THE Son of God and THE Son of Man


Continuing the discussion from A De Novo Adam's Language?:

Not quite, but good guess, I think.

Actually “Son of God” is used for several purposes through out Scripture. Every Christian, for example, is considered “born again” as a “son of God”. Angels are called “Sons of God.” Adam is called a “Son of God”. Kings are called “Sons of God.” Meanings range from:

  1. Close to God.
  2. Heavenly being
  3. From God
  4. Kingly authority

…and probably more.

About Jesus, it is said, however, that he is the “only begotten Son of God” (see here You’ll notice that different translations translate this in different ways. Some very confusingly say “One and Only Son.” It is one of the places where the precise translation is difficult to english. This word “Begotten” is trying to point out that Jesus exists along side God from the beginning as a member of the Godhead (to use our trinitarian language and perspective), but also has a discrete entry-point into the world at in the Virgin Birth.

So, in some senses, Jesus is the Son of God among many other sons and daughters of God. However, in one important sense, he is the only Son of God. In retrospect, it is easy to read other uses of Sons of God just foreshadowing THE Son of God to come.

The much more interesting messianic term, however, is Son of Man, or Son of Adam. We see parallel in usage here. Just as there are many sons of God, but Jesus is THE Son of God, there are many sons of Adam, but Jesus is THE Son of Adam. Both these claims were understood as claims to divinity at the time, and this was why he was crucified, for the official charge of blasphemy (among other factors). All he had to do was say He did not mean it as a Messianic title, and they would have had no claim against him. Yet he is silent as they claim He claimed to be God.

They are both (Son of Man and Son of God) are Messianic titles that converge on Jesus, and historical theology ends up coming to believe that BOTH are true in special way with Jesus, he is THE man-god, incarnate, fully Man and fully God.

The use of these terms before do not diminish their meaning in relation to Jesus. Rather, the use in other areas is anticipatory, telling a long story of longing anticipation, waiting for the coming of the One to usher in a new order to the world.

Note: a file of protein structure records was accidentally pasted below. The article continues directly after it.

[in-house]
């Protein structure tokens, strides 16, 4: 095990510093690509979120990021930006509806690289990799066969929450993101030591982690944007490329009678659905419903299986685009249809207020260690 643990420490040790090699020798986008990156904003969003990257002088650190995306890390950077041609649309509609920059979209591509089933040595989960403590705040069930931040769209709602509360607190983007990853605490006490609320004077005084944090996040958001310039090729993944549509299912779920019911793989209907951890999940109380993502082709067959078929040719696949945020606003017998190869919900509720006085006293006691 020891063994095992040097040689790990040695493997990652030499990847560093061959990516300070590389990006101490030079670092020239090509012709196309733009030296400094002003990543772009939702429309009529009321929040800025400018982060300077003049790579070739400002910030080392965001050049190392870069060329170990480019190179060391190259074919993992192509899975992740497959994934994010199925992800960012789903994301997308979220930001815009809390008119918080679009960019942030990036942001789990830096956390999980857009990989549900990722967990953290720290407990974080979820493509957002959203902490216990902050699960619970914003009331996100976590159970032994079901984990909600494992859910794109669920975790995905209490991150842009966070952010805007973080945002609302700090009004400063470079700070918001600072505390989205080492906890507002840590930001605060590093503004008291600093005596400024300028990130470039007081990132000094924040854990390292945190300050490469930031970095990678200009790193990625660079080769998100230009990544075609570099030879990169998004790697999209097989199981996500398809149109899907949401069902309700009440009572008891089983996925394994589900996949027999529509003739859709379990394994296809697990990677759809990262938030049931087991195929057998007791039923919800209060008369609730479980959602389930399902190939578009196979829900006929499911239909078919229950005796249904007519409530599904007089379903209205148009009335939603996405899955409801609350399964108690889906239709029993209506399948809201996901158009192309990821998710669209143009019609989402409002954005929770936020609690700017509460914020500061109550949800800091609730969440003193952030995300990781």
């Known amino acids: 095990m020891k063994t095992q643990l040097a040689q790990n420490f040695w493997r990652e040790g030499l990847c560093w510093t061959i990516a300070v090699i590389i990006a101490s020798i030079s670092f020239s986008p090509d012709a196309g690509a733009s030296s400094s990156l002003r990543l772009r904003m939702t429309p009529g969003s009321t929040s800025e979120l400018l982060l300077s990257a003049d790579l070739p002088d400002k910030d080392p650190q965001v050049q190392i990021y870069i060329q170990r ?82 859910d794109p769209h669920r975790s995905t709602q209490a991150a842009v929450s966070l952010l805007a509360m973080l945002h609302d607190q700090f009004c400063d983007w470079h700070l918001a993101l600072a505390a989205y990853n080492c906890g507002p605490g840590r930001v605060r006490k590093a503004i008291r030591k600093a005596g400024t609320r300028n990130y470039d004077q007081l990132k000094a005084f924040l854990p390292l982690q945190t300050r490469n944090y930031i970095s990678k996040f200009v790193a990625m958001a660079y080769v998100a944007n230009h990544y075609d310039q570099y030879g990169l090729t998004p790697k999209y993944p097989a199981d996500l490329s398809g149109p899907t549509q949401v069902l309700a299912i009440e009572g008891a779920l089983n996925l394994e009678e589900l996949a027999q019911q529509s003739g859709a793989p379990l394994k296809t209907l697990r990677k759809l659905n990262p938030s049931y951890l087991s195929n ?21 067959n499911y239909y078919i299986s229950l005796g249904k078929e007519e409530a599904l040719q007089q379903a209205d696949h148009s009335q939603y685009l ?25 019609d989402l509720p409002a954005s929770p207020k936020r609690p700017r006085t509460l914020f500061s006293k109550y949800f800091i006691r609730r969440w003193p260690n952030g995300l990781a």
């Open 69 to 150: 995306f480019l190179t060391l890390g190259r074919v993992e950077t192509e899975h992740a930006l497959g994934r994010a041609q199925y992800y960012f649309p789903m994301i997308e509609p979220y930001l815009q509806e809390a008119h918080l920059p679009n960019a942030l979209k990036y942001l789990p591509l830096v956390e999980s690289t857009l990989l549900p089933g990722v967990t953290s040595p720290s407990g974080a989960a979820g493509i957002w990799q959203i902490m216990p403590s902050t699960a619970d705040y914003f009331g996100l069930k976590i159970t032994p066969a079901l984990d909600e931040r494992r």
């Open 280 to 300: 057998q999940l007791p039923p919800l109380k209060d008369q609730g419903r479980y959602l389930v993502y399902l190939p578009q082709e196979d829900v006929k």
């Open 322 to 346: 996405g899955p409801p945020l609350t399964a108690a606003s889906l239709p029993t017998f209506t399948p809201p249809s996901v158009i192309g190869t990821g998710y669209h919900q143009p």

Great question @Patrick.


Great theological analysis and discourse, @swamidass. Thanks!


As for another plug, I’ve really enjoyed this children’s book by my colleague at WUSTL. I highly reccomend it. My two year old often wants to sleep with “M’rcle Maan!!”.

It is beautifully illustrated, like work of art. In the narration, Jesus is called “The Man.” This is close to how “Son of Man” might have been heard; it is a reasonable cultural translation (though obviously not perfect). There are many men who came before and after, Jesus is THE Man.


I always wondered why it would take an eternity of suffering for me to pay the price of just my individual lifetime of sins most of which appear to be “thought crimes”, Jesus paid for the sins of billions of people’s lifetimes over the span of a single Friday. I’m not sure how the math works out on that, but part of the fun of religion is that things don’t have to make sense.


Theology is supposed to make sense of that, and it does. Partly because the way you describe it isn’t precisely correct. Regarding heaven and hell, what do you think of the Great Divorce by CS Lewis?


For Christians, the issue of eternity --life beyond this present existence, is NOT a matter of either a) paying for eternity for all my sins through death and suffering, or b) just enjoying the “paid in full” status of accepting what Christ did for me, on my behalf, when he suffered unjustly, but of c) wanting to be more in line with God’s character. We love because He first loved us. God is not a cosmic killjoy, out to get His “pound of flesh.” In a very real sense, when we disagree with God about our need for Him, we are, in essence, saying "I want to be my own god; I don’t need to get to know my “Maker.” Which, by definition, means you wouldn’t want to be in perfect fellowship with God in heaven. And so, God will eventually allow you that choice --to live where He isn’t especially present, in what is commonly called hell --the state of being where a person who chooses to refuse to acknowledge God chooses --of their own accord --to go, “where there is weeping and gnashing of teeth, and where their fire is never quenched.” C.S. Lewis presents this well, in parable form.